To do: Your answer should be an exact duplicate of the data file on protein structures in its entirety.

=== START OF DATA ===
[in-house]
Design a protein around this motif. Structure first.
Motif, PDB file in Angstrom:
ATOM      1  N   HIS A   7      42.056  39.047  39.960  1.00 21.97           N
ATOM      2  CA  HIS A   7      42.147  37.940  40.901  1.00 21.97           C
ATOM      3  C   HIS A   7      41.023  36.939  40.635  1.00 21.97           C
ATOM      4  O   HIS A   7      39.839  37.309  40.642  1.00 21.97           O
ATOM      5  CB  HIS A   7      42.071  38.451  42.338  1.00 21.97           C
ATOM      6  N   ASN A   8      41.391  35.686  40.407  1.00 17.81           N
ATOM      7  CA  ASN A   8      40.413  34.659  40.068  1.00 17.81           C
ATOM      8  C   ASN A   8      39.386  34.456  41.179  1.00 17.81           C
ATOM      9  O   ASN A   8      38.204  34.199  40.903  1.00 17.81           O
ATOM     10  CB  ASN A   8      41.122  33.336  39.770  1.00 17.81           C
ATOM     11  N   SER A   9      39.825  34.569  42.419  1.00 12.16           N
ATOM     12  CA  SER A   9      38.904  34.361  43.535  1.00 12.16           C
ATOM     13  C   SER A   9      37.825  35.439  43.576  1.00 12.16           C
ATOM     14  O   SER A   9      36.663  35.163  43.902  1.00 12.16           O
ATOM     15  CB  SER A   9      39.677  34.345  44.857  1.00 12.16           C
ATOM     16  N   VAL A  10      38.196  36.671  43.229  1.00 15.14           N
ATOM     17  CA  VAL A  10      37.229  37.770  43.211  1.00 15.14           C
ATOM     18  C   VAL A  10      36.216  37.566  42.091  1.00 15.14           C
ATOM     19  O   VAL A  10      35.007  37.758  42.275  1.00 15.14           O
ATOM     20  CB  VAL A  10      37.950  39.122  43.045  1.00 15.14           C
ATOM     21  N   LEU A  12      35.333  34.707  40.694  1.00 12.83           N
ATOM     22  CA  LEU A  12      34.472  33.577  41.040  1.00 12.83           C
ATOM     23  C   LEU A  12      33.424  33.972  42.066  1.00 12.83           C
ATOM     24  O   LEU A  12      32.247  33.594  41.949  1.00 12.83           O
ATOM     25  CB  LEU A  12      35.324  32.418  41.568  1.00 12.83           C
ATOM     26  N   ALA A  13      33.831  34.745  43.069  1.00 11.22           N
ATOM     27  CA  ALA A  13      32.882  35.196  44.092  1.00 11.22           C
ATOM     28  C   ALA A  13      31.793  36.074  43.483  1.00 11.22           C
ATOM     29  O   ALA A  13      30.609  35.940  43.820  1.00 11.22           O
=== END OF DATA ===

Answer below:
[in-house]
Design a protein around this motif. Structure first.
Motif, PDB file in Angstrom:
ATOM      1  N   HIS A   7      42.056  39.047  39.960  1.00 21.97           N
ATOM      2  CA  HIS A   7      42.147  37.940  40.901  1.00 21.97           C
ATOM      3  C   HIS A   7      41.023  36.939  40.635  1.00 21.97           C
ATOM      4  O   HIS A   7      39.839  37.309  40.642  1.00 21.97           O
ATOM      5  CB  HIS A   7      42.071  38.451  42.338  1.00 21.97           C
ATOM      6  N   ASN A   8      41.391  35.686  40.407  1.00 17.81           N
ATOM      7  CA  ASN A   8      40.413  34.659  40.068  1.00 17.81           C
ATOM      8  C   ASN A   8      39.386  34.456  41.179  1.00 17.81           C
ATOM      9  O   ASN A   8      38.204  34.199  40.903  1.00 17.81           O
ATOM     10  CB  ASN A   8      41.122  33.336  39.770  1.00 17.81           C
ATOM     11  N   SER A   9      39.825  34.569  42.419  1.00 12.16           N
ATOM     12  CA  SER A   9      38.904  34.361  43.535  1.00 12.16           C
ATOM     13  C   SER A   9      37.825  35.439  43.576  1.00 12.16           C
ATOM     14  O   SER A   9      36.663  35.163  43.902  1.00 12.16           O
ATOM     15  CB  SER A   9      39.677  34.345  44.857  1.00 12.16           C
ATOM     16  N   VAL A  10      38.196  36.671  43.229  1.00 15.14           N
ATOM     17  CA  VAL A  10      37.229  37.770  43.211  1.00 15.14           C
ATOM     18  C   VAL A  10      36.216  37.566  42.091  1.00 15.14           C
ATOM     19  O   VAL A  10      35.007  37.758  42.275  1.00 15.14           O
ATOM     20  CB  VAL A  10      37.950  39.122  43.045  1.00 15.14           C
ATOM     21  N   LEU A  12      35.333  34.707  40.694  1.00 12.83           N
ATOM     22  CA  LEU A  12      34.472  33.577  41.040  1.00 12.83           C
ATOM     23  C   LEU A  12      33.424  33.972  42.066  1.00 12.83           C
ATOM     24  O   LEU A  12      32.247  33.594  41.949  1.00 12.83           O
ATOM     25  CB  LEU A  12      35.324  32.418  41.568  1.00 12.83           C
ATOM     26  N   ALA A  13      33.831  34.745  43.069  1.00 11.22           N
ATOM     27  CA  ALA A  13      32.882  35.196  44.092  1.00 11.22           C
ATOM     28  C   ALA A  13      31.793  36.074  43.483  1.00 11.22           C
ATOM     29  O   ALA A  13      30.609  35.940  43.820  1.00 11.22           O